First of all, nobody is talking about cutting off spending for women’s health. Of all the things the federal government is wasting money on, the half-billion dollars it currently spends on Planned Parenthood isn’t the worst of the waste. That money is objectionable not based on its intended purpose but on what Planned Parenthood ultimately uses it for. Money is fungible, and if you pay an abortion provider to do things other than abortions you’re making it easier to do abortions.
But other than Jeb Bush nobody is saying that we should be de-funding women’s health programs. Why go there?
If you were going to take that step into the Land Of Zero Political Benefit, the way to do it is to say that Planned Parenthood is screwing the American taxpayer by overcharging us for the stuff we’re trying to pay them for, and all the community health centers we want to fund instead of Planned Parenthood could perform those services more cheaply. That might have the additional benefit of being true; I can’t say. Even if it can’t be proven, though, why not have one more angle of attack specifically on Planned Parenthood when the goal is to create a political consensus for de-funding that organization and having the funds flow to entities who don’t perform abortions and are a lot more likely to be conservative in political orientation rather than one of the largest Democrat donors extant.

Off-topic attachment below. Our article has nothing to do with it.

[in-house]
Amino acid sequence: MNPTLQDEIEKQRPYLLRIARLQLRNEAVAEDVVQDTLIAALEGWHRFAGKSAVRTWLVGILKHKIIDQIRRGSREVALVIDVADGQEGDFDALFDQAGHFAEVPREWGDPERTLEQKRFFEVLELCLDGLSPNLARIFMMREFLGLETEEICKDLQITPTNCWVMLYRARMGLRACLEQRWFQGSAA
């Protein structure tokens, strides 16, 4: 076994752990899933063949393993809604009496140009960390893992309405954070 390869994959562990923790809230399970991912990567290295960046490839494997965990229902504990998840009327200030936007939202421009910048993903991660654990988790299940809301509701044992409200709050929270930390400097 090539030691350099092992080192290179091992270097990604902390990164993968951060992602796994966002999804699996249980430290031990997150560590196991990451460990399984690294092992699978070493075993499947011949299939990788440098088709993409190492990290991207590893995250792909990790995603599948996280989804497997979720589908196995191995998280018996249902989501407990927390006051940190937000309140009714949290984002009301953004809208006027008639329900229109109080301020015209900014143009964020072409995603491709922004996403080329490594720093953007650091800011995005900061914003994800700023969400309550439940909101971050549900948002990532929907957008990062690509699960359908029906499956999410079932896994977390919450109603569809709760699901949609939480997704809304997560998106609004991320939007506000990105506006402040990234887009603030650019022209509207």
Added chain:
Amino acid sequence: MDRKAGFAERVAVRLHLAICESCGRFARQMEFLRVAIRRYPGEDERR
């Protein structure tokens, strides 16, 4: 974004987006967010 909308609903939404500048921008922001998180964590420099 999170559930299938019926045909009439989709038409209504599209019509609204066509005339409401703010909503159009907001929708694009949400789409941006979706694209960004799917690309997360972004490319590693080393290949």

Bush instead opens the entire effort to defund Planned Parenthood up to charges that what it’s really about is the War On Women, and that Republicans don’t care about pap smears and breast cancer and birth control pills. It’s 2012 all over again thanks to him.
His messaging was so bad that even a crooked old lush like Hillary Clinton could score on him…
— Hillary Clinton (@HillaryClinton) August 4, 2015
Which reduced Jeb to this response…
.@HillaryClinton what’s absolutely, unequivocally wrong is giving taxpayer $ to an org whose practices show no regard for lives of unborn
— Jeb Bush (@JebBush) August 4, 2015
…and a backtracking “I misspoke” apology…
With regards to women’s health funding broadly, I misspoke, as there are countless community health centers, rural clinics, and other women’s health organizations that need to be fully funded. They provide critical services to all, but particularly low-income women who don’t have the access they need.
I was referring to the hard-to-fathom $500 million in federal funding that goes to Planned Parenthood – an organization that was callously participating in the unthinkable practice of selling fetal organs. Democrats and Republicans agree we absolutely must defund them and redirect those funds to other women’s health organizations.
Like we said, this really isn’t all that difficult. If you’re going to quibble about the size of the sum spent on women’s health, then make the case that you can procure the same quality of service for less money and that Planned Parenthood is wasting taxpayer dollars in addition to killing kids for spare parts.
Otherwise, shut up about how much the government spends on women’s health.
This guy was a very popular two-term governor of Florida. His family has produced two presidents. You would think he’d be capable of avoiding the obvious rakes on the ground.